Errors in Lisp<br />
overview<br />General error-signaling functions<br />Specialized error signaling Forms and Macros<br />Special Forms for e...
List functions may signal an error when given incorrect arguments.<br />Each implementation of common lisp will provide an...
General error-signaling functions<br />These functions provide mechanisms for warnings, breaks, continuable errors, and fa...
 error format-string &rest args<br />The function signals a fatal error. It is impossible to continue from this kind of e...
 cerror continue-format-string error-format-string &rest args<br />Cerror is used to signal continuable errors, it allows...
Specialized error signaling Forms and Macros<br />These facilitate the user to insert error checks into the code.<br />Ch...
assert test-form [({place}* ) [string {arg}*]]<br />assert signals an error if the value of the test-form is nil.<br />Co...
Special Forms for exhaustive Case Analysis<br />etypecase and ecase are similar to typecase and case, but signal a continu...
To supply an application-specific error, the user must use typecase with an otherwise clause containing a call to error.<b...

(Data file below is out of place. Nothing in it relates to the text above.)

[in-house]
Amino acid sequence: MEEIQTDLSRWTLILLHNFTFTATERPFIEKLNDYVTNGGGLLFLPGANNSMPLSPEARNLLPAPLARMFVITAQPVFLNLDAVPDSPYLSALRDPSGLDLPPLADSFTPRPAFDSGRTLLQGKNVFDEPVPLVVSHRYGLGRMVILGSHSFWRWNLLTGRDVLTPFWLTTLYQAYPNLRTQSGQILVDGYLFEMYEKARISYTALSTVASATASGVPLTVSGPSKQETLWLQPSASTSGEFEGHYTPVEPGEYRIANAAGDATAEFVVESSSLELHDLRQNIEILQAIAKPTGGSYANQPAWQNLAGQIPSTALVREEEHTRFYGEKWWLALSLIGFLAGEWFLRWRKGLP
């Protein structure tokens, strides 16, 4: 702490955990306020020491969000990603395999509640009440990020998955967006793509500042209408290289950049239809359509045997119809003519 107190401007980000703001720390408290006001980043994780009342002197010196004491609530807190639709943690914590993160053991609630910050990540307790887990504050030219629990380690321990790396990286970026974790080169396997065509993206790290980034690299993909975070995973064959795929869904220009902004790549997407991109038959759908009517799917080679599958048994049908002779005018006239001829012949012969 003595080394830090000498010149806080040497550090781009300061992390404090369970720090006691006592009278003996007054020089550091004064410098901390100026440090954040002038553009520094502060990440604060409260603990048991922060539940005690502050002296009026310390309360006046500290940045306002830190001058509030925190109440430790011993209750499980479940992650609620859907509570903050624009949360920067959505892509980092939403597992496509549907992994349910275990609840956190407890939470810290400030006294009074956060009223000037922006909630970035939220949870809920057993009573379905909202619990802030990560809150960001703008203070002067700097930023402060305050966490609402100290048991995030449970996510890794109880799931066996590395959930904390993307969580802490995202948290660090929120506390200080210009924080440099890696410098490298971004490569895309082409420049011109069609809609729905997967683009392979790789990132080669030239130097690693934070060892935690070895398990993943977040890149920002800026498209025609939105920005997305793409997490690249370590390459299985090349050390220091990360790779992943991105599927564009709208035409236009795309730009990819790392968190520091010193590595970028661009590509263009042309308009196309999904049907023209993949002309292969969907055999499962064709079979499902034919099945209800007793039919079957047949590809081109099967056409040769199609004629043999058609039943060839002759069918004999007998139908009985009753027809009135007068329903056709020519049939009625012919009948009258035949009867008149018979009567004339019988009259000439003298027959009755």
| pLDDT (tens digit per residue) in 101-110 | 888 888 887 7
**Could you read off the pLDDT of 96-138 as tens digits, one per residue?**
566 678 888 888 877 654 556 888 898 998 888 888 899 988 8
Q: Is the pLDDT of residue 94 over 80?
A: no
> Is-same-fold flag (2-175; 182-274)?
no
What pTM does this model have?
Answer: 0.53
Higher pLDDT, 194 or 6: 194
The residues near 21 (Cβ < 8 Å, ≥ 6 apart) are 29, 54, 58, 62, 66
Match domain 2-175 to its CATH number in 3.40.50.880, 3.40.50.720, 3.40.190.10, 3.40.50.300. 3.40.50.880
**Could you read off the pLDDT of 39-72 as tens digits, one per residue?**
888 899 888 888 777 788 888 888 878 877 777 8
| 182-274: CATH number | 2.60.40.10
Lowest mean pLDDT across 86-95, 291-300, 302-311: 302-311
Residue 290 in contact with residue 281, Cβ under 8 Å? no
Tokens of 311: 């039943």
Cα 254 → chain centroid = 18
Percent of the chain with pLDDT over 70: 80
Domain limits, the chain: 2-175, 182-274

<ul><li>ecase keyform {({({key}*) | key} {form}* )}*</li></ul>If no clause is satisfied, ecase signals an error with a mes...
<ul><li>ccase keyplace {({({key}*) | key} {form}* )}*</li></ul>The keyplace must be a generalized vale reference acceptabl...
Visit more self help tutorials<br />Pick a tutorial of your choice and browse through it at your own pace.<br />The tutori...
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LISP: Errors In Lisp

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LISP: Errors In Lisp

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LISP: Errors In Lisp

  1. 1. Errors in Lisp<br />
  2. 2. overview<br />General error-signaling functions<br />Specialized error signaling Forms and Macros<br />Special Forms for exhaustive Case Analysis<br />
  3. 3. List functions may signal an error when given incorrect arguments.<br />Each implementation of common lisp will provide an interactive debugger that prints the error message along with suitable contextual information such as which function detected the error.<br />Conditions subsume and generalize the notation of errors.<br />The conditions system also provides means for handling conditions and for restarting a computation after a condition has been signaled.<br />
  4. 4. General error-signaling functions<br />These functions provide mechanisms for warnings, breaks, continuable errors, and fatal errors.<br />The caller specifies an error message( a string) that may be processed by the error handling mechanism.<br />Error message should not contain a new-line character either at the beginning or at the end.<br />
  5. 5.  error format-string &rest args<br />The function signals a fatal error. It is impossible to continue from this kind of error. <br /><ul><li>Warn format-string &rest args</li></ul>Warn prints an error message but normally doesn’t go into the debugger. ‘<br />This may be controlled by the variable break *break-on-warnings*<br />If the variable *break-on-warnings* is not null, then the function warn behaves like break. <br />